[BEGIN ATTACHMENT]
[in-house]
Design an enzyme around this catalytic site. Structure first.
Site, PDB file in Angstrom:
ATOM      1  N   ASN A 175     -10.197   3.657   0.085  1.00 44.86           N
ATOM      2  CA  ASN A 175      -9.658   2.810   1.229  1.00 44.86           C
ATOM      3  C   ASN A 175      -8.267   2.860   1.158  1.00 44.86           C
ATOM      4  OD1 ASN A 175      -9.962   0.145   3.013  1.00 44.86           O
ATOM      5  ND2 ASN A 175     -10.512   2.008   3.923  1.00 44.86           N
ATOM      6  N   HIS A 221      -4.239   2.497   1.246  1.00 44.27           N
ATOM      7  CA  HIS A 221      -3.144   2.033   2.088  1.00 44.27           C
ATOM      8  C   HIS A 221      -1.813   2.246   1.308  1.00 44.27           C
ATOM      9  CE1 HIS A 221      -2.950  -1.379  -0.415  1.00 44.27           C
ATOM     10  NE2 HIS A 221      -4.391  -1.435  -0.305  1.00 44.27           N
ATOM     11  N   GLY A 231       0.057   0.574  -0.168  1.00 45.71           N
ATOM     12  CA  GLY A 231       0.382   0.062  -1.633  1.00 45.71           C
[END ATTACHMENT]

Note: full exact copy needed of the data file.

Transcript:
[in-house]
Design an enzyme around this catalytic site. Structure first.
Site, PDB file in Angstrom:
ATOM      1  N   ASN A 175     -10.197   3.657   0.085  1.00 44.86           N
ATOM      2  CA  ASN A 175      -9.658   2.810   1.229  1.00 44.86           C
ATOM      3  C   ASN A 175      -8.267   2.860   1.158  1.00 44.86           C
ATOM      4  OD1 ASN A 175      -9.962   0.145   3.013  1.00 44.86           O
ATOM      5  ND2 ASN A 175     -10.512   2.008   3.923  1.00 44.86           N
ATOM      6  N   HIS A 221      -4.239   2.497   1.246  1.00 44.27           N
ATOM      7  CA  HIS A 221      -3.144   2.033   2.088  1.00 44.27           C
ATOM      8  C   HIS A 221      -1.813   2.246   1.308  1.00 44.27           C
ATOM      9  CE1 HIS A 221      -2.950  -1.379  -0.415  1.00 44.27           C
ATOM     10  NE2 HIS A 221      -4.391  -1.435  -0.305  1.00 44.27           N
ATOM     11  N   GLY A 231       0.057   0.574  -0.168  1.00 45.71           N
ATOM     12  CA  GLY A 231       0.382   0.062  -1.633  1.00 45.71           C